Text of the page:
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Wednesday, August 11, 2004 - Page updated at 12:00 A.M.

Movie Review
"Princess Diaries 2": Sequel aims straight for preteen set

By Moira Macdonald
Seattle Times movie critic

Anne Hathaway and Chris Pine in the very cute but preposterous "The Princess Diaries 2: Royal Engagement."
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"The Princess Diaries 2: Royal Engagement," a movie that goes on for approximately as long as Queen Victoria's reign, is not intended to appeal to a wide audience — and indeed, it won't. It's aimed at those for whom "cute" is the highest form of praise, and for whom a movie is not complete unless it features pretty dresses, squeaky-clean romance and a cat wearing a tiara. In other words, this is a pink movie, and if you're not a girl, off you go — there's not much for you here.

Directed by Garry Marshall, the movie is undeniably cute. But it's also often a gooey mess, with a plot that manages to be both wearisome and preposterous (to grown-ups, that is). Nonetheless, there's plenty that girls, and others, can learn from it. Here are just a few of the philosophies it (endlessly) offers:

The Guy With the Best Hair Always Wins. The film's plot, though it takes a while to sort out, is basically a love triangle. Princess Mia (Anne Hathaway), now ensconced in Genovia at the palace of her grandmother Clarisse (Julie Andrews), finds that she must marry to succeed to the throne. An engagement with an English nobleman named Andrew (Callum Blue) is hastily arranged, and a bitter enmity between Mia and Sir Nicholas (Chris Pine) develops — which means, in girl code, that she thinks he's kind of cute, too. Andrew is nice, but his hair is flat and mousy; Nicholas, on the other hand, has mastered the use of styling products and sports a 'do with gravity-defying volume at the roots. Anyone care to guess who the winner might be?

Movie review

Showtimes and trailer

"The Princess Diaries 2: Royal Engagement," with Anne Hathaway, Julie Andrews, Chris Pine, Hector Elizondo, Heather Matazzaro, John Rhys-Davies. Directed by Garry Marshall, from a screenplay by Shonda Rhimes and Gina Wendkos, based on the series of novels by Meg Cabot. 113 minutes. Rated G. Several theaters.
Julie Andrews Can Be Queen of Anything She Wants. It doesn't matter what indignities the filmmakers want to throw at her — a grand entrance garbed in a hideous gown that makes her look like a full-rigged ship; the line "Shut up!," which makes you wonder for a moment if the world is about to end; and a half-talked "song" that sadly proves that Dame Julie's once-wondrous voice has been irrevocably damaged since her botched throat surgery several years ago. Andrews is still a force of nature, with the most perfect posture in movies (the better to wear a hat with, or a crown). She'd be anyone's dream grandmother, and just having her on screen raises this movie's pedigree tenfold.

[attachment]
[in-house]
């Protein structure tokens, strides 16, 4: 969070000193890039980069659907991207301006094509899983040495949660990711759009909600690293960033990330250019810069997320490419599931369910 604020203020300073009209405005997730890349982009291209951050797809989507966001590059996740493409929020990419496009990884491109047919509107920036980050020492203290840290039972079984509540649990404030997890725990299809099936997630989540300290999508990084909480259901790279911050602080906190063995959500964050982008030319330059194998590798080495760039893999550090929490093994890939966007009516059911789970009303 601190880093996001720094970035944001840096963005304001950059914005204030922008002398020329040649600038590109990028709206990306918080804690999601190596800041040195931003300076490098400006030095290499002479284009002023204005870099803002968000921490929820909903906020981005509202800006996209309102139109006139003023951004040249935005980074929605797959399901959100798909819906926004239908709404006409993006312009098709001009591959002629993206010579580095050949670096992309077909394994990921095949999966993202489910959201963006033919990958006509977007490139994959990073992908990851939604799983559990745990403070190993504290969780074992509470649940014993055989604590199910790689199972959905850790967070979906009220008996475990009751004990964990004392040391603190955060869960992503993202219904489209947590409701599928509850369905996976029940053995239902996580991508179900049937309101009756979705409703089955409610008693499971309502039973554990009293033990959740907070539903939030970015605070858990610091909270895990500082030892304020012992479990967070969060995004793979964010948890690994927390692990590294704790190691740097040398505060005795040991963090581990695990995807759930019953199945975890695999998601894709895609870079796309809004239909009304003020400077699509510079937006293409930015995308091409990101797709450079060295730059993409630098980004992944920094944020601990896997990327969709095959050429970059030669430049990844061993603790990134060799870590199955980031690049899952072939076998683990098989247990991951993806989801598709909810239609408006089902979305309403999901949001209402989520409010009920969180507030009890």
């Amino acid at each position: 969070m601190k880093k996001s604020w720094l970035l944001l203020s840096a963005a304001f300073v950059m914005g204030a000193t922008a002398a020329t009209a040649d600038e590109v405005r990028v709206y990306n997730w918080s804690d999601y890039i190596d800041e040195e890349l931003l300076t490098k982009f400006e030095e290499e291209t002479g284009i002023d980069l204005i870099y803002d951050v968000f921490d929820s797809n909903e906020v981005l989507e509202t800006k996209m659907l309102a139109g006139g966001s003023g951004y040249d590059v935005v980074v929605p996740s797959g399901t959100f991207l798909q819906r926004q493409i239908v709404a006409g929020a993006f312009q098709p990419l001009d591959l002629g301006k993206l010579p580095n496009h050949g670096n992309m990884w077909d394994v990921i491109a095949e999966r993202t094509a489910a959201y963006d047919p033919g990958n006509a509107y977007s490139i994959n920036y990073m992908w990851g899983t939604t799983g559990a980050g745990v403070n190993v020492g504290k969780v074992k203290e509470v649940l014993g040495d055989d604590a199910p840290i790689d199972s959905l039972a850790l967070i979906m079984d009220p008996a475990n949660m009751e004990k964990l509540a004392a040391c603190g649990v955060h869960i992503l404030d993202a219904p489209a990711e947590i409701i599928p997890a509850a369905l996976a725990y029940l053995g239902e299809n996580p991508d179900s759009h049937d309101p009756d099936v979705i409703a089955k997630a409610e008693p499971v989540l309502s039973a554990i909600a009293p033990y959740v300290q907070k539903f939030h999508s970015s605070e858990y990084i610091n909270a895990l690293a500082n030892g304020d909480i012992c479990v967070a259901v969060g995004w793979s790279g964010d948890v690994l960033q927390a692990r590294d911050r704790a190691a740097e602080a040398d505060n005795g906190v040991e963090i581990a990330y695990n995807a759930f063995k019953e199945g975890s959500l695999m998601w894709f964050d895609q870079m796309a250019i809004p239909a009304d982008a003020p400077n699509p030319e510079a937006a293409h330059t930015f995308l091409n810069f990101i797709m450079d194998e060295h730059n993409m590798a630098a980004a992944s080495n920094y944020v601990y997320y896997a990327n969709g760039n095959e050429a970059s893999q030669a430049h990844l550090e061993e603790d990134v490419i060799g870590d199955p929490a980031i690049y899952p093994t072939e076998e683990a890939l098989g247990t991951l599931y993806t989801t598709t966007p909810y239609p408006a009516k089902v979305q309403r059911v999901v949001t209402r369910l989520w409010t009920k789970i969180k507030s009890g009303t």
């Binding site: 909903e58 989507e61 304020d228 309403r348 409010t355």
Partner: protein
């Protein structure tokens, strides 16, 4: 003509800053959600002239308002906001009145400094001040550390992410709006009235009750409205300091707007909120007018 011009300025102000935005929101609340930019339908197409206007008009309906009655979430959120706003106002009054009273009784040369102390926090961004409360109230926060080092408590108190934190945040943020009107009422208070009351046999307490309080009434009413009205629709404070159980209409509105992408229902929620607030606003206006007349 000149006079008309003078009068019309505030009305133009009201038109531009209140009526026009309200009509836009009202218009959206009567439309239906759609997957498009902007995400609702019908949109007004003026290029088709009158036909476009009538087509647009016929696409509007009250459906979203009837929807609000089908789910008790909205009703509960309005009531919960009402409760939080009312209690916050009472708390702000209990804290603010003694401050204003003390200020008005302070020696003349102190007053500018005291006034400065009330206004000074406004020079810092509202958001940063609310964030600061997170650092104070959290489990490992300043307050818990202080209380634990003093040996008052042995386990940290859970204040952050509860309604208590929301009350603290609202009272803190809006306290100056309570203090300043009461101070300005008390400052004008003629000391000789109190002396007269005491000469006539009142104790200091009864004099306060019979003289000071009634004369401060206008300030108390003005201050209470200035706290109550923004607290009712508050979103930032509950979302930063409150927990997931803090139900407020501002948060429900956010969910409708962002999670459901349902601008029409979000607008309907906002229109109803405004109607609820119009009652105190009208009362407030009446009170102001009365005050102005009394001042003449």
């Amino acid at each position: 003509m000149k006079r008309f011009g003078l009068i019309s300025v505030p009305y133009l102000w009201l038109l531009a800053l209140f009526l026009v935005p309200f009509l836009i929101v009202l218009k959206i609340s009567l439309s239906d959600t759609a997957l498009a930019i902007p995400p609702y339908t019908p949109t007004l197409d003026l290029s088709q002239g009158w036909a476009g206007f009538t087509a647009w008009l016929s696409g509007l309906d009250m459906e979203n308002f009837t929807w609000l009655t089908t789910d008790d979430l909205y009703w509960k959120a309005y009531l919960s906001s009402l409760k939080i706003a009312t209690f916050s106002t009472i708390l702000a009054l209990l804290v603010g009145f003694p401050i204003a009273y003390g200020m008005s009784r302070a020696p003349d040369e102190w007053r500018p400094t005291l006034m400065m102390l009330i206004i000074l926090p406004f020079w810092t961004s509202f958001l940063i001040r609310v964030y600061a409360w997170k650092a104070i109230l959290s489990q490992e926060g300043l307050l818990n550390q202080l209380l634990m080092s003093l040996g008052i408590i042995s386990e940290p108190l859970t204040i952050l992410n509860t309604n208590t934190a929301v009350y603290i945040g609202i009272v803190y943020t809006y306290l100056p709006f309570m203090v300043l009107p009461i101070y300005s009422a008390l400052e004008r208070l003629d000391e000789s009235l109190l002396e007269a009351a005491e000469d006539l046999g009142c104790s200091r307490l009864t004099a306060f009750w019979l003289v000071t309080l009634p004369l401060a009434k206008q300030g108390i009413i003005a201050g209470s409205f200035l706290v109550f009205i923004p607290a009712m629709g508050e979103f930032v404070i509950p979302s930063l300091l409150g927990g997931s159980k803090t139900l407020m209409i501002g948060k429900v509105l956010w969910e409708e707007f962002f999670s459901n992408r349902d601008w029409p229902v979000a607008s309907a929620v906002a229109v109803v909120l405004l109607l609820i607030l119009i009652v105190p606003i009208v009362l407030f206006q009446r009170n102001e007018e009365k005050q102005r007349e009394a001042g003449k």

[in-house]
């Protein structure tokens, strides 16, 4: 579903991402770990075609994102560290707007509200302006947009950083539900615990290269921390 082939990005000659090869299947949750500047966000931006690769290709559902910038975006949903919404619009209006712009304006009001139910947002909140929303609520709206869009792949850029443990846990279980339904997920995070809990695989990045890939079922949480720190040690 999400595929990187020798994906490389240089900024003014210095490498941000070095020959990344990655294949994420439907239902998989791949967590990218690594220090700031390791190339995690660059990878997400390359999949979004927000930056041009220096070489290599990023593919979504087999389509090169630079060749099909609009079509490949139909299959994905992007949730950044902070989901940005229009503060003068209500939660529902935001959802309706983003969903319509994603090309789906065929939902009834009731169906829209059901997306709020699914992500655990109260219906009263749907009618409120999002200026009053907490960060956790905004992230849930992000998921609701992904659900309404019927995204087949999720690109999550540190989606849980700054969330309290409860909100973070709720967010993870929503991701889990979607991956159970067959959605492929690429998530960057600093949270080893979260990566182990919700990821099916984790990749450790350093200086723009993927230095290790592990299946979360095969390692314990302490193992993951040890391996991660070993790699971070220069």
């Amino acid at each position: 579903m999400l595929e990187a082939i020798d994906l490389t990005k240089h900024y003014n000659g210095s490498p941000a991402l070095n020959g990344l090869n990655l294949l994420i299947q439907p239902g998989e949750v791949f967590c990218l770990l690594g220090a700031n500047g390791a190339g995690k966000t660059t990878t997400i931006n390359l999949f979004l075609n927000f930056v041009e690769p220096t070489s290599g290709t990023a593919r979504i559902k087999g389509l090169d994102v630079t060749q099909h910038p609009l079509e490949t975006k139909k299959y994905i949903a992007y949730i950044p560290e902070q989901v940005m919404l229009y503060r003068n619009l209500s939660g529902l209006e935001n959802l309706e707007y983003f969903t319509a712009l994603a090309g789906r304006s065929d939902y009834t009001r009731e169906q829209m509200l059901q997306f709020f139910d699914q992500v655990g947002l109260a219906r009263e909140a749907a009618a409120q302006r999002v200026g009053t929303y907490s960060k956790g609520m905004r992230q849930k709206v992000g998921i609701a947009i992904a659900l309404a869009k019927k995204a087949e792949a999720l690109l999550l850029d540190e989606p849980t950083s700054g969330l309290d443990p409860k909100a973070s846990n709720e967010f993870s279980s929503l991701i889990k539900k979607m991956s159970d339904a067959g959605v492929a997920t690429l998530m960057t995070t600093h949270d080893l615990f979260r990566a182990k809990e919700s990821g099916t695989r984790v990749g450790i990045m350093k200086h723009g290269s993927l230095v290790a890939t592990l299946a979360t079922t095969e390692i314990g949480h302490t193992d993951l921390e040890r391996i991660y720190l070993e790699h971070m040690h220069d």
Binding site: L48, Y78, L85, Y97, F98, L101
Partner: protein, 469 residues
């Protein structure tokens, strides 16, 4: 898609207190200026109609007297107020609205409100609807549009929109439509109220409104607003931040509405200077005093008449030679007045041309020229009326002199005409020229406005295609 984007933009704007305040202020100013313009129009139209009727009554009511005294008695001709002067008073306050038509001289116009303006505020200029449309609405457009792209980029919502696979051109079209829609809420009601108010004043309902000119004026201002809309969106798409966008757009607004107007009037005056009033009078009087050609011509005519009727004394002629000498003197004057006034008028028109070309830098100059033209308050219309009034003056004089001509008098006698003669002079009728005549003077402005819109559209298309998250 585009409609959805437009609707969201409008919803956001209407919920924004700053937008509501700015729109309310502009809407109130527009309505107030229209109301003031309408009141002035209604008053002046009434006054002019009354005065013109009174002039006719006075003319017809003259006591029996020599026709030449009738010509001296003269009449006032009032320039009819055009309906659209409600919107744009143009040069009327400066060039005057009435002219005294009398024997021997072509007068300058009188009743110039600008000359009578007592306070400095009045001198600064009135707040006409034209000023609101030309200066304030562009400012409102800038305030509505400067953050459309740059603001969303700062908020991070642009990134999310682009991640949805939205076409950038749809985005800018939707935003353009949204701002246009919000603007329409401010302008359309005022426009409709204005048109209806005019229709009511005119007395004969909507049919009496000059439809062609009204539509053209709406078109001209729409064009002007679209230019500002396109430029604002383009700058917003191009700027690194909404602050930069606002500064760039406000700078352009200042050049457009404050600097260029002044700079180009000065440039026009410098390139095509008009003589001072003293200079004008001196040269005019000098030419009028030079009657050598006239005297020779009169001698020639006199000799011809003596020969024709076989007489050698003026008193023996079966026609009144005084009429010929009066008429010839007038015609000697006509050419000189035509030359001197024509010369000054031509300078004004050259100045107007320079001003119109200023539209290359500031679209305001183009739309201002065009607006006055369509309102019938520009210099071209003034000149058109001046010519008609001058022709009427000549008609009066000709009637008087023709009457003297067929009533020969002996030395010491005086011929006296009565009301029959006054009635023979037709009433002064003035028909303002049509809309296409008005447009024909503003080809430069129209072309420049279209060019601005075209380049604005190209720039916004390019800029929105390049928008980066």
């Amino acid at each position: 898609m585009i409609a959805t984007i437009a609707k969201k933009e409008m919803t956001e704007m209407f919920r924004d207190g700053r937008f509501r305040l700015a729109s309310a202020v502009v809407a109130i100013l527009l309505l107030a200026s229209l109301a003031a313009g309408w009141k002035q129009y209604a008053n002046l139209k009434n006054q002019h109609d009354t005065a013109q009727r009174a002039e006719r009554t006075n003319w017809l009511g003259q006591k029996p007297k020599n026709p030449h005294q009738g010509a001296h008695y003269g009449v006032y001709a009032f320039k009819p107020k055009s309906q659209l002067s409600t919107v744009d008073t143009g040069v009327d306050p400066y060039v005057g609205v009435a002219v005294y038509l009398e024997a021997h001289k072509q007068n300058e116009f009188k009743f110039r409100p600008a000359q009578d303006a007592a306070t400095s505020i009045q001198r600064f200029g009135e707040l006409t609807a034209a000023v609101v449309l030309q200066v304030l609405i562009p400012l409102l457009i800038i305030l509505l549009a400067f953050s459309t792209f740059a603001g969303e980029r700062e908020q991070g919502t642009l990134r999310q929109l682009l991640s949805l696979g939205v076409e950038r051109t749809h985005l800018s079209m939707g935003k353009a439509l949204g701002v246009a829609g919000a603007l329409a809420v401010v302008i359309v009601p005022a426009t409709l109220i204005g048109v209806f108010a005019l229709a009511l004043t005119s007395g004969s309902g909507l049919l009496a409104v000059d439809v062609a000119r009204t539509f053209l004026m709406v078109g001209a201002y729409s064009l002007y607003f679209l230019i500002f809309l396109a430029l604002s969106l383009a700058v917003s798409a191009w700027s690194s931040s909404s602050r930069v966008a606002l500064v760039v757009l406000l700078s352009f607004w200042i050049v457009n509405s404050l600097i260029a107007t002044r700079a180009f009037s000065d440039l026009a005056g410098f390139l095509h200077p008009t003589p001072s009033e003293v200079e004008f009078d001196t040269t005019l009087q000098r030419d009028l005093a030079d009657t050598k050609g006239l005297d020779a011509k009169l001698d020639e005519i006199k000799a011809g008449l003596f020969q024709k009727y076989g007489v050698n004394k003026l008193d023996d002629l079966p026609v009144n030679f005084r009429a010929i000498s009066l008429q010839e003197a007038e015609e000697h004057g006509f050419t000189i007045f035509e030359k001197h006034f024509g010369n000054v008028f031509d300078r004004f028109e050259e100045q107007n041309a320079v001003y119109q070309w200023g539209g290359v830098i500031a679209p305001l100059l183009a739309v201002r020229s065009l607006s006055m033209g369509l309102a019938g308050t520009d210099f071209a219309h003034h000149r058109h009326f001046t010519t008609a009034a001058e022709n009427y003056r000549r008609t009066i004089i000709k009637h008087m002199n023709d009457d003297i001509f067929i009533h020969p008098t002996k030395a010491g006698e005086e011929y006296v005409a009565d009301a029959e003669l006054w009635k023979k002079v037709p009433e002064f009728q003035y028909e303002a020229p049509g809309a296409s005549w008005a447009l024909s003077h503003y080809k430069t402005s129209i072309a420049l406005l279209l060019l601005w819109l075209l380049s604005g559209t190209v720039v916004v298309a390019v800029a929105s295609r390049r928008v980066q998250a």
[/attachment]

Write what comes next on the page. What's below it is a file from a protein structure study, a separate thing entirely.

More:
It's All About the Outfit. Mia's new closet, beautifully stocked with frocks, jewels and fetching little accessories, gets a more dramatic introduction — and, in fact, more screen time — than many of the supporting characters. (Not that I minded; I was too busy coveting it to care. Sometimes girls grow up to be movie critics — a line of work that, alas, offers fewer material rewards than princess-hood.)

Anne Hathaway returns as plucky Mia in the sequel "The Princess Diaries 2: Royal Engagement."
Princesses Totally Rock.
Like "13 Going on 30," "Confessions of a Teenage Drama Queen," "Ella Enchanted," "A Cinderella Story" and "The Prince and Me" (hmm, do you think Hollywood's noticed a new demographic this year?), "PD2" celebrates girl power, independence and believing in yourself. Mia, played with dewy-eyed charm by the lovely Hathaway, grows a fair bit of backbone by the end of the movie, standing up for the rights of cute girls everywhere. (And probably not-so-cute girls, too, but there aren't any in this movie.)

"PD2" doesn't exactly rock (except for that cat in the tiara, who shows Andrews-like poise), but its message is a pleasant one, and it should keep girls happy until the next pink movie comes along.

Moira Macdonald: 206-464-2725 or

Copyright © 2004 The Seattle Times Company

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